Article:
Astronomers discover the brightest quasar ever discovered

After a decades-long search, the Hubble Space Telescope has spied a quasar as bright as 600 trillion suns – the brightest ever seen in the early universe.

Quasars are compact but energetic objects, thought to be monstrously hungry black holes at the centres of young galaxies. Their powerful glow is produced when material spirals into the gravitational whirlpool and becomes heated to millions of degrees, blasting out enormous amounts of energy across all wavelengths.

The objects were most numerous over 10 billion years ago, making them a useful probe for examining the early days of the cosmos.

This newly-discovered quasar was blazing when the universe was less than a billion years old, when the first generation of galaxies was still forming. 

Now, 12.8 billion years later, Hubble has captured the object’s brilliant light. Catalogued with the attractive name of J043947.08+163415.7, the ancient quasar was discovered by a team of astronomers led by Xiaohui Fan from the University of Arizona in the US. Their discovery is published in the Astrophysical Journal Letters.

At 600 trillion times brighter than the sun, the quasar smashes the previous record of the brightest one ever detected, which was only as bright as 420 trillion suns.

“We don’t expect to find many quasars brighter than that in the whole observable universe,” says Fan.

Fabio Pacucci, co-author and a postdoctoral associate at Yale University, US, adds, “This detection is a surprising and major discovery. For decades we thought that these lensed quasars in the early universe should be very common, but this is the first of its kind that we have found.”

The discovery was made possible by a lucky celestial alignment that created a natural zoom lens. Between the quasar and Earth is a dim galaxy with enough gravitational heft to amplify and distort the light of the more distant quasar, making it appear three times larger and 50 times brighter. 

This phenomenon is called gravitational lensing, where the foreground object acts as a lens to change our image of the background object. 

“Without this high level of magnification, it would make it impossible for us to see the galaxy,” says co-author Feige Wang from the University of California, Santa Barbara, in the US.{%recommended 745%}

The object was first noticed in ground-based surveys, and follow-up observations were made with the University of Arizona’s Multi-Mirror Telescope, the Gemini Observatory and the Keck Observatory. The data revealed a faint foreground galaxy, but it and the quasar are so close together in the sky that the system appeared fuzzy. It took Hubble’s keen eye to resolve them into exquisitely sharp images.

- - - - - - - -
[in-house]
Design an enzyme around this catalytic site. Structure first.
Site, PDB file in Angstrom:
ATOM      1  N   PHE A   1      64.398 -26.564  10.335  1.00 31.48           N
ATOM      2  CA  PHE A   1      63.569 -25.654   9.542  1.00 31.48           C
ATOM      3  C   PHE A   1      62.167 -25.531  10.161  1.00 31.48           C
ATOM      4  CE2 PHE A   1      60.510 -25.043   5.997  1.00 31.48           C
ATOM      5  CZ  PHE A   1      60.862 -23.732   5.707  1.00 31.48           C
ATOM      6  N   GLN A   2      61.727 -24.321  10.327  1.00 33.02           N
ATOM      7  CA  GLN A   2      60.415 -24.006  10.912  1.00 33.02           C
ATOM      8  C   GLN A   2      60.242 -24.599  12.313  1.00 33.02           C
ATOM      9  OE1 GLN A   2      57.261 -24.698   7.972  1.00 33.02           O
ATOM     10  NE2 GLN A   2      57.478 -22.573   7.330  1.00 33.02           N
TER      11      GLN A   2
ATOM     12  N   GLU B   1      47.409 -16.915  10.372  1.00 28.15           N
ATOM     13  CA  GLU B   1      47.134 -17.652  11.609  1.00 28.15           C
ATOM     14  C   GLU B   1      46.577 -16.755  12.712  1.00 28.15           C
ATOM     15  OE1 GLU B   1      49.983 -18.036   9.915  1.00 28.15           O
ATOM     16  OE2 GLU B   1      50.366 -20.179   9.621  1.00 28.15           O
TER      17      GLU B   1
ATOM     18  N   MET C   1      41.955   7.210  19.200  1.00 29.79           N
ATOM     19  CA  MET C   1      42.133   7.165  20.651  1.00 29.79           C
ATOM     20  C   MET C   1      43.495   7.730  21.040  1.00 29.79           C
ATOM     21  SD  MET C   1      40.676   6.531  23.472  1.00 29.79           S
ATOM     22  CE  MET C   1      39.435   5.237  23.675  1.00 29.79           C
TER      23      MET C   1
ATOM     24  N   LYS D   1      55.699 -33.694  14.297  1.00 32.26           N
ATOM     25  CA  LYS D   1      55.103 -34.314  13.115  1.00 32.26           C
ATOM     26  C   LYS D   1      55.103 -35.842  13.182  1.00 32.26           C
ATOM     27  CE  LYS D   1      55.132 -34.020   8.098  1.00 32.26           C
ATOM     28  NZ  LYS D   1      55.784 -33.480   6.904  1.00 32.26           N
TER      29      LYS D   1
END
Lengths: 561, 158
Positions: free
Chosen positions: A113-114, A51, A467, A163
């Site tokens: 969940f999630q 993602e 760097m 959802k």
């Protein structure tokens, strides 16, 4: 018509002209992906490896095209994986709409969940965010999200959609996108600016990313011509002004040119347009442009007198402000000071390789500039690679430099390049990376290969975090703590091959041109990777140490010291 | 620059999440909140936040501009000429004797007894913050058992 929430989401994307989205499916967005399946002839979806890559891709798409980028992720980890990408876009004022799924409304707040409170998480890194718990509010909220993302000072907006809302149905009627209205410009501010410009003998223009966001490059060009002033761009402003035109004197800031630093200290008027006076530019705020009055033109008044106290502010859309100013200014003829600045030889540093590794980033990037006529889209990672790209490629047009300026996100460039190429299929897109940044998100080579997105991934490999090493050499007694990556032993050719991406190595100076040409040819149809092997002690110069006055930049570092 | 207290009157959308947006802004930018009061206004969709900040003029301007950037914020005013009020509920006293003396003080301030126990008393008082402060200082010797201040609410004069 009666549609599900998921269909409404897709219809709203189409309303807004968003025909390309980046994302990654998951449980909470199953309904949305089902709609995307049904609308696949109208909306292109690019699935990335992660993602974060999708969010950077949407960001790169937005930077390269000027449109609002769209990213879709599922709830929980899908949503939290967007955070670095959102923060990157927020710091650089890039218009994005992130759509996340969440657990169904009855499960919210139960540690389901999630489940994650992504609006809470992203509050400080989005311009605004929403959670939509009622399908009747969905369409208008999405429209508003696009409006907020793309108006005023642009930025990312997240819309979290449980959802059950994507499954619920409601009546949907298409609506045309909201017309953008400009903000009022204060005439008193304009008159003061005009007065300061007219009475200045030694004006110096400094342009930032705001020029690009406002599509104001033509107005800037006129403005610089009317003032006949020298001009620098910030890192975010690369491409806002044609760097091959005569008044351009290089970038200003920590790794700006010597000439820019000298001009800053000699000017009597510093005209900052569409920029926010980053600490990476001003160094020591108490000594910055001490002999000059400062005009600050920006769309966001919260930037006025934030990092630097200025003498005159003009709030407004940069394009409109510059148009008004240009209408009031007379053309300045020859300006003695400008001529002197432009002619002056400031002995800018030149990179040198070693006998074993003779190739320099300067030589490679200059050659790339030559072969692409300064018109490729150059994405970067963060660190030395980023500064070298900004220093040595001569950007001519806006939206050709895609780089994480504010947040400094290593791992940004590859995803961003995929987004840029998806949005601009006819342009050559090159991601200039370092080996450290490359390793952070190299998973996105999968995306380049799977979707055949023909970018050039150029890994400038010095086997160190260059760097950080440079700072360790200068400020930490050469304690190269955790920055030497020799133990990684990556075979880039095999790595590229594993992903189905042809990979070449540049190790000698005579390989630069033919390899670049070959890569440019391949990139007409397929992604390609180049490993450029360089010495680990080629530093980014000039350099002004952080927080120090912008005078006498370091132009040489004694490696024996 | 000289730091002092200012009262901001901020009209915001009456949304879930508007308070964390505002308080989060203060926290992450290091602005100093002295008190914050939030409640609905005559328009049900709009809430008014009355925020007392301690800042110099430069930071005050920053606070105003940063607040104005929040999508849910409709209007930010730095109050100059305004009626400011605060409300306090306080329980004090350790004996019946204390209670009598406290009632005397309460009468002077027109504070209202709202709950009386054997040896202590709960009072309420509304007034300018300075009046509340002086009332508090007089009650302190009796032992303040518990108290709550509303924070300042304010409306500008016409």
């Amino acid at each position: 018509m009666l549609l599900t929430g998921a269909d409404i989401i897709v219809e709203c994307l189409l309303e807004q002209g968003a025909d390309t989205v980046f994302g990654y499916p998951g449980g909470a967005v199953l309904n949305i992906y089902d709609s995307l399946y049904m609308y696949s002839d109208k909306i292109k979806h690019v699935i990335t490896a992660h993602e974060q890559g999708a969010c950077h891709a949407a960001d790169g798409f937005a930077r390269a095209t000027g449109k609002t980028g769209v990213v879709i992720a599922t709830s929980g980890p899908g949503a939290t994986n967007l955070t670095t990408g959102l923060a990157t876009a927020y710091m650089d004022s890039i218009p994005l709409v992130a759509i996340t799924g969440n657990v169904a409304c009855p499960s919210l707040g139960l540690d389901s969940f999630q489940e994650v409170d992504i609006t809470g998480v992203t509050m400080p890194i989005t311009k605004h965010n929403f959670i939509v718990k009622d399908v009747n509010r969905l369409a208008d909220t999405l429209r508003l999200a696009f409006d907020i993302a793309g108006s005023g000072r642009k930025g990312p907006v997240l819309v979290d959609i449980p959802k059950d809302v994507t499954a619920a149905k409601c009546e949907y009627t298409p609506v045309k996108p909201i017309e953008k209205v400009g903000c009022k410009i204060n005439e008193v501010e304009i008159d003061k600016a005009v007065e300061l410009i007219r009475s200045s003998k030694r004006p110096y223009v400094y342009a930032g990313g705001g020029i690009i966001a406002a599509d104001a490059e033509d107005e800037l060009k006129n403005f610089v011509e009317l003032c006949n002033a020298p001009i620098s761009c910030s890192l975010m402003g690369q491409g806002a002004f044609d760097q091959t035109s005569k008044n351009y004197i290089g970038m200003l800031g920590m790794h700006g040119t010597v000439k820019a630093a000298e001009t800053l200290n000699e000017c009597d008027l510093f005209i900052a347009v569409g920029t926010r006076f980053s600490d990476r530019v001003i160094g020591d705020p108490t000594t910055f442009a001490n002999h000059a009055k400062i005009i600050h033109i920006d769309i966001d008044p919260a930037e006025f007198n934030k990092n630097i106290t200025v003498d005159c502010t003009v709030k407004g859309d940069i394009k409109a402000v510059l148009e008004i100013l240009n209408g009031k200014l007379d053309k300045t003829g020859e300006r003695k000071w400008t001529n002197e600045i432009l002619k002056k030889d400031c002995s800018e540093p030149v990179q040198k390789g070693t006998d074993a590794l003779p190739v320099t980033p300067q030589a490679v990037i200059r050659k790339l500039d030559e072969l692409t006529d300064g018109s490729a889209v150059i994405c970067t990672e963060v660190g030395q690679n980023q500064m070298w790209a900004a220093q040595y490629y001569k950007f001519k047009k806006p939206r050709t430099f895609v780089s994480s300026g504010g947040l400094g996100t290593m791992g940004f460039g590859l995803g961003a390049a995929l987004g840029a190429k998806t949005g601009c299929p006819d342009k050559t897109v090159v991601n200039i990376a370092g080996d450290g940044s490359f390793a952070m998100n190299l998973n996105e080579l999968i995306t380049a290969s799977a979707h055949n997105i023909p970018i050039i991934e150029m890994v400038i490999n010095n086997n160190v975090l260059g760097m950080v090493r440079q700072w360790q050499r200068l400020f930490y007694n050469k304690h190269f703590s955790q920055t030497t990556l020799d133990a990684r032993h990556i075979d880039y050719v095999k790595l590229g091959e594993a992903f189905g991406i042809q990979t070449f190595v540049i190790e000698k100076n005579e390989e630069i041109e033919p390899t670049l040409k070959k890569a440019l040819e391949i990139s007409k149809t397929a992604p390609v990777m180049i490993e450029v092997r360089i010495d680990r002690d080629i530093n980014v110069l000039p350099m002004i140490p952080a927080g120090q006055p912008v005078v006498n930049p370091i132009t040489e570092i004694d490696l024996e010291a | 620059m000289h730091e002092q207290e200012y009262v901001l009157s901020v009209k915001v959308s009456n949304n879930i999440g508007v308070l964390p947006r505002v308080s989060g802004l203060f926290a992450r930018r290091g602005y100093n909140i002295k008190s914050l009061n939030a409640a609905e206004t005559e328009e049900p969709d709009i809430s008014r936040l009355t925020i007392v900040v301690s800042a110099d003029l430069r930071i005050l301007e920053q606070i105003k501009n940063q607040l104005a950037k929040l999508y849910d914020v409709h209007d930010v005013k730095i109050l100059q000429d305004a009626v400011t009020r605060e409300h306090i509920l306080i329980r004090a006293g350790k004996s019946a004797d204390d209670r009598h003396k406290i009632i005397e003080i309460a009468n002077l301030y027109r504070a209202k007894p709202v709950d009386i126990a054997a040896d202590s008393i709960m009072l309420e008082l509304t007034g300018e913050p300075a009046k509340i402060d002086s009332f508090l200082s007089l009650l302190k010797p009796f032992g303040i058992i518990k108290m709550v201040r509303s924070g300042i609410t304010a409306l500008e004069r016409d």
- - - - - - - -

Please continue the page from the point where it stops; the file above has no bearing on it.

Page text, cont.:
The James Clerk Maxwell Telescope on Mauna Kea, Hawaii, also highlighted swathes of hot dust in the quasar’s host galaxy. This indicates this super-bright quasar has triggered a firestorm of star formation around it, igniting up to 10,000 stars per year. 

In comparison, the Milky Way churns out just one.

Team member Jinyi Yang, also at the University of Arizona, does note that “because of the boosting effect of gravitational lensing, the actual rate of star formation could be much lower than the observed brightness suggests”.

Still, this ultra-bright, ultra-distant quasar could give astronomers insight into how supermassive black holes influenced early star formation.

It could also hold clues to the evolution of the universe itself. The quasar exists during the period of reionisation, a transitional era when the energetic light of the first stars reheated the obscuring hydrogen that had cooled off 400,000 years after the Big Bang. Studying quasars like this one could give insight into this still-mysterious era.

Fan’s team is currently analysing a detailed 20-hour spectrum of the quasar taken by the European Southern Observatory’s Very Large Telescope in Chile. This will allow them to identify the chemical composition and temperatures of intergalactic gas in the early universe. 

The team also hopes to study the object with the Atacama Large Millimetre/submillimetre Array and the upcoming James Webb Space Telescope. These super-sensitive observatories will peer into the region around the supermassive black hole and observe how its immense gravity influences the surrounding star formation – and, indeed, the assembly of early galaxies.

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